Nauto is developing a “connected camera network” and “artificial intelligence-driven smart cloud” to help prevent accidents before they happen. What this buzzword-heavy value proposition really means is that the Company has developed static dash cameras that record near-misses, driver distraction, tailgating and other events that can help provide the root causes for a crash. It’s easy to see how this type of solution might be used for insurance companies to see who is liable in the event of an accident. While Nauto sees their technology eventually enabling true autonomy in new and older cars, at the moment they are successfully selling their driver monitoring solution to commercial fleets of drivers in 23 cities around the U.S.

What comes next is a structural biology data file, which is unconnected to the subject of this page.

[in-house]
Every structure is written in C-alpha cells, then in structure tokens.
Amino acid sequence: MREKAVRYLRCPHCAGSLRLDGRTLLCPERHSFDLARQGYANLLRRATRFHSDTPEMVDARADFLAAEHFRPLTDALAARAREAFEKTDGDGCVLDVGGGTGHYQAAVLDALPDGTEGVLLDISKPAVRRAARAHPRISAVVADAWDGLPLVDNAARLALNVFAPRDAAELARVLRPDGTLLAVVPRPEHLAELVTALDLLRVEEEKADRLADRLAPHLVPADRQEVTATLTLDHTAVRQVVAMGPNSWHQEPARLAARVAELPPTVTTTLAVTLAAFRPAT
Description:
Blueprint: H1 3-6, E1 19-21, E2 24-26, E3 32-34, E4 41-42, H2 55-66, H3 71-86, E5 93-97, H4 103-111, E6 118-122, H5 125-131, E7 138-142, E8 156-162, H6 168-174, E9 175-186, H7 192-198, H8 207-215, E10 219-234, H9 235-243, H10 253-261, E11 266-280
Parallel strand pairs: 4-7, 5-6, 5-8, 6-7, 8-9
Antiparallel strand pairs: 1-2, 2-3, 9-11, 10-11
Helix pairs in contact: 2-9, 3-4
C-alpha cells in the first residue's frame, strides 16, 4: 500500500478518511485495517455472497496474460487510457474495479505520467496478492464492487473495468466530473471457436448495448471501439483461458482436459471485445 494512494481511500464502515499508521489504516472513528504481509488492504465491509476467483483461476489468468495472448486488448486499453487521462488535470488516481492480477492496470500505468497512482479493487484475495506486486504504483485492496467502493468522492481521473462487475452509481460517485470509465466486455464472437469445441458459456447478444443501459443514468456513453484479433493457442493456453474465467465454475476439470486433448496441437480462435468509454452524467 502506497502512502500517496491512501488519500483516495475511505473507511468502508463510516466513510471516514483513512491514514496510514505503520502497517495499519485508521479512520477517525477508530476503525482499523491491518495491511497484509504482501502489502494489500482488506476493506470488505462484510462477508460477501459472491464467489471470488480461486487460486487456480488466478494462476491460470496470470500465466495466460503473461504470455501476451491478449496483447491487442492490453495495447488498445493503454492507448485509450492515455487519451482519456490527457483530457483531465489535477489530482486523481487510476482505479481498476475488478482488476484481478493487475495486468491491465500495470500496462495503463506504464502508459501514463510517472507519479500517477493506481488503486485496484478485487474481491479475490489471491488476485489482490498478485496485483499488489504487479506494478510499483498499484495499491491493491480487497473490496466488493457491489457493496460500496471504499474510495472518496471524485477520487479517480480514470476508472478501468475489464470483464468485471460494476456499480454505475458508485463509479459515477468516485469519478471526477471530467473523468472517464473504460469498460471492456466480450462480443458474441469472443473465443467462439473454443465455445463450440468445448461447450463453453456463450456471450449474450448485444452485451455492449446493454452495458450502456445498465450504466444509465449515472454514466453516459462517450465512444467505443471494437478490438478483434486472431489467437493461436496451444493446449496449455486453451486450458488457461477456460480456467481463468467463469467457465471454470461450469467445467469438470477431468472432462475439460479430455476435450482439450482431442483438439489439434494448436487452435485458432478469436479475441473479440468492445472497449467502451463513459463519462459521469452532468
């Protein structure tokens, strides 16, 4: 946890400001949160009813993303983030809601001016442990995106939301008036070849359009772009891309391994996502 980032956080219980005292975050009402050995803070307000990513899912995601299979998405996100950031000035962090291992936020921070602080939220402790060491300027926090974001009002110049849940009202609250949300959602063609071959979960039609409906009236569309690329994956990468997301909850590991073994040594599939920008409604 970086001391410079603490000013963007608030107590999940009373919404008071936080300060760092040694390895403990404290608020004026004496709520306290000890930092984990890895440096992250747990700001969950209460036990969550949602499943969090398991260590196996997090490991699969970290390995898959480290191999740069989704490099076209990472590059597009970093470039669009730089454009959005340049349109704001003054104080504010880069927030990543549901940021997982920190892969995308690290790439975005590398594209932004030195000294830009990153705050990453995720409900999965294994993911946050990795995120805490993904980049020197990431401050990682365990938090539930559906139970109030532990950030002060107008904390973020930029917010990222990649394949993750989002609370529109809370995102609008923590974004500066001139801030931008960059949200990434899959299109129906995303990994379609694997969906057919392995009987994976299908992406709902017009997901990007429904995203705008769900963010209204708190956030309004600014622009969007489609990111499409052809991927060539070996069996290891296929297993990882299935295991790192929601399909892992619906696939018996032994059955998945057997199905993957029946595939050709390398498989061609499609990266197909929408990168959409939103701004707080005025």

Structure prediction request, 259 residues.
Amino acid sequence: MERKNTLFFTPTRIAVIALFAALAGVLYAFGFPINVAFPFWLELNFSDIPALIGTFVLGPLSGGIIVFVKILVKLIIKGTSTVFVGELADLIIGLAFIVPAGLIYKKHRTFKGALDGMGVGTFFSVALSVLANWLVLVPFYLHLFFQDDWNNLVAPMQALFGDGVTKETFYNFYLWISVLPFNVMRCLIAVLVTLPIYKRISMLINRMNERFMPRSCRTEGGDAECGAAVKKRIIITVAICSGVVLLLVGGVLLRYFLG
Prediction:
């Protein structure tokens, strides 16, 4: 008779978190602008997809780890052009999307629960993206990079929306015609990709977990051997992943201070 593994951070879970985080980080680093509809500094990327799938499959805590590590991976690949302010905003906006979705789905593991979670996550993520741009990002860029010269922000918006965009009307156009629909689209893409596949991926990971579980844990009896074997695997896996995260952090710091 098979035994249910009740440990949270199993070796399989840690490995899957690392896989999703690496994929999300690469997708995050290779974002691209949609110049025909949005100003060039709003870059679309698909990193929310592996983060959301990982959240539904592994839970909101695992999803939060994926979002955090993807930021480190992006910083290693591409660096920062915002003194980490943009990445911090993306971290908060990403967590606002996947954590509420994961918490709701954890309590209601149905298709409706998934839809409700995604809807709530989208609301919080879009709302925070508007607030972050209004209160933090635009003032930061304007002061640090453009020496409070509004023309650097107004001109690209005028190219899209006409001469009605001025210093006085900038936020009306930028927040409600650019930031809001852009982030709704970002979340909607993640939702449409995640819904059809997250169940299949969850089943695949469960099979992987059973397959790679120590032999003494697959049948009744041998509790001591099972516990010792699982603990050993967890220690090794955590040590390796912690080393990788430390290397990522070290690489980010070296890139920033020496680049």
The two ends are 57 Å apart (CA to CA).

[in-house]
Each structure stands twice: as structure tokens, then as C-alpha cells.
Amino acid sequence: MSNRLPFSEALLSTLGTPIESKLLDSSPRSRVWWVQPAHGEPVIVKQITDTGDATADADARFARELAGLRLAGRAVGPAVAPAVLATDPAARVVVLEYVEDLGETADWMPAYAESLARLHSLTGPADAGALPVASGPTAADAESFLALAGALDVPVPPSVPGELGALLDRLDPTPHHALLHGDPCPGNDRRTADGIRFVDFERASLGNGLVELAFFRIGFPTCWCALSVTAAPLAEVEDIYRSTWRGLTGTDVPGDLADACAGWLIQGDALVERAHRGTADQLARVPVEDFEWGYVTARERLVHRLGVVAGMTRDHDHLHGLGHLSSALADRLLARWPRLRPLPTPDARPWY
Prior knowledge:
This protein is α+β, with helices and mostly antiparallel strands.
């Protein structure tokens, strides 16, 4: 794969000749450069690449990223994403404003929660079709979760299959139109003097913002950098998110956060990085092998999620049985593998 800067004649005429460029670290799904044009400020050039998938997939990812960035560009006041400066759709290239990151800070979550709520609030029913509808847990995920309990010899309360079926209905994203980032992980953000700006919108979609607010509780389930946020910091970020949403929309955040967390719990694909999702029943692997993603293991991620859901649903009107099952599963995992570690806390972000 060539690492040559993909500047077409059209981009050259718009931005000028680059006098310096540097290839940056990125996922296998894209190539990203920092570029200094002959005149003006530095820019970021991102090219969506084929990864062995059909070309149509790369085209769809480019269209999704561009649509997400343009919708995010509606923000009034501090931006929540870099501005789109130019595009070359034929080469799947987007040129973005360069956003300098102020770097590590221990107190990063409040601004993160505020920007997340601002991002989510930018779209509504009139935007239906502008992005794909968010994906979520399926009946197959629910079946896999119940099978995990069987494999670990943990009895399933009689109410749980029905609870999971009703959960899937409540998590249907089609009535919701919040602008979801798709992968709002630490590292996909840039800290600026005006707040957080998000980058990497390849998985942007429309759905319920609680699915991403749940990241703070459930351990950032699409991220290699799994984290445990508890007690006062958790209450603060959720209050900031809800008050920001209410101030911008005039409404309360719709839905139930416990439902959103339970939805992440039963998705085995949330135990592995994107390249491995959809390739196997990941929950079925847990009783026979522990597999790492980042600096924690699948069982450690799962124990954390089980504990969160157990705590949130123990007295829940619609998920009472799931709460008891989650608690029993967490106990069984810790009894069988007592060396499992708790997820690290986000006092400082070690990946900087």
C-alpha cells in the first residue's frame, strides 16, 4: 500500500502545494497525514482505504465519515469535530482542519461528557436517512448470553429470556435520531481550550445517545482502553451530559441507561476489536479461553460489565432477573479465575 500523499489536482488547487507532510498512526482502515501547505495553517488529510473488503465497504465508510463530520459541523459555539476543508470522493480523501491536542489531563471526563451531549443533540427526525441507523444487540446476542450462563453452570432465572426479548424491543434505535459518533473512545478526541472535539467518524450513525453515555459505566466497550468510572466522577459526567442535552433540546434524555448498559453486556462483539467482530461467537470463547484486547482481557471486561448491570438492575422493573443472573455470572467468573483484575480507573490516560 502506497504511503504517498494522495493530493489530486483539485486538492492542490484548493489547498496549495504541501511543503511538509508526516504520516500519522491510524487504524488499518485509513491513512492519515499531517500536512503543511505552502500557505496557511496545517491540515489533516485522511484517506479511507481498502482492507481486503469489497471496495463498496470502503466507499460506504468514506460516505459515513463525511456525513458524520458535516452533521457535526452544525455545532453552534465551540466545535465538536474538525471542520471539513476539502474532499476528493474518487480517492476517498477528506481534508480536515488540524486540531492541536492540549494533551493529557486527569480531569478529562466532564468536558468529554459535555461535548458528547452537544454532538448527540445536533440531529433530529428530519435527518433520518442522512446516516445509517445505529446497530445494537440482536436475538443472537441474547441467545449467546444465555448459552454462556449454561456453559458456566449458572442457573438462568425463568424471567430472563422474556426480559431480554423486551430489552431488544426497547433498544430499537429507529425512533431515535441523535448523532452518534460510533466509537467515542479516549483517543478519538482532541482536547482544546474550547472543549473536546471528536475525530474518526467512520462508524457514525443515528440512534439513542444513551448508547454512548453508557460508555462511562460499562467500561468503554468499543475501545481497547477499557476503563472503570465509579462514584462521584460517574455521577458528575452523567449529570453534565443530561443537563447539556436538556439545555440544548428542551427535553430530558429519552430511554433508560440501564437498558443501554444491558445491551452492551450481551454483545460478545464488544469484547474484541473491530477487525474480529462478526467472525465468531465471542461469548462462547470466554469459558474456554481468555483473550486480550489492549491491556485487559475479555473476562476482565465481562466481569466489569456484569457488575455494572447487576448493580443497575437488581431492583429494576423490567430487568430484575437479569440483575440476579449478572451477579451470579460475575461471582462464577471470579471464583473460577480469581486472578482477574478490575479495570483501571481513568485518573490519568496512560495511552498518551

Drive.ai is a startup with roots in Stanford University’s Artificial Intelligence Lab and was the 13th company to be granted a license to test self-driving cars on public roads in California (yes, there’s a lot of competition in this space). The Company considers itself to be a “deep learning” company that focuses on all the “edge cases” that pop up when you are driving. Probably 95% of driving is straight forward but what about when another driver runs a stop sign or any other set of unexpected events happens? Drive.ai thinks that deep learning is the best way to handle these “edge cases” though it seems highly unlikely they’re the first company to think that deep learning is the way forward to commercialize a self-driving car.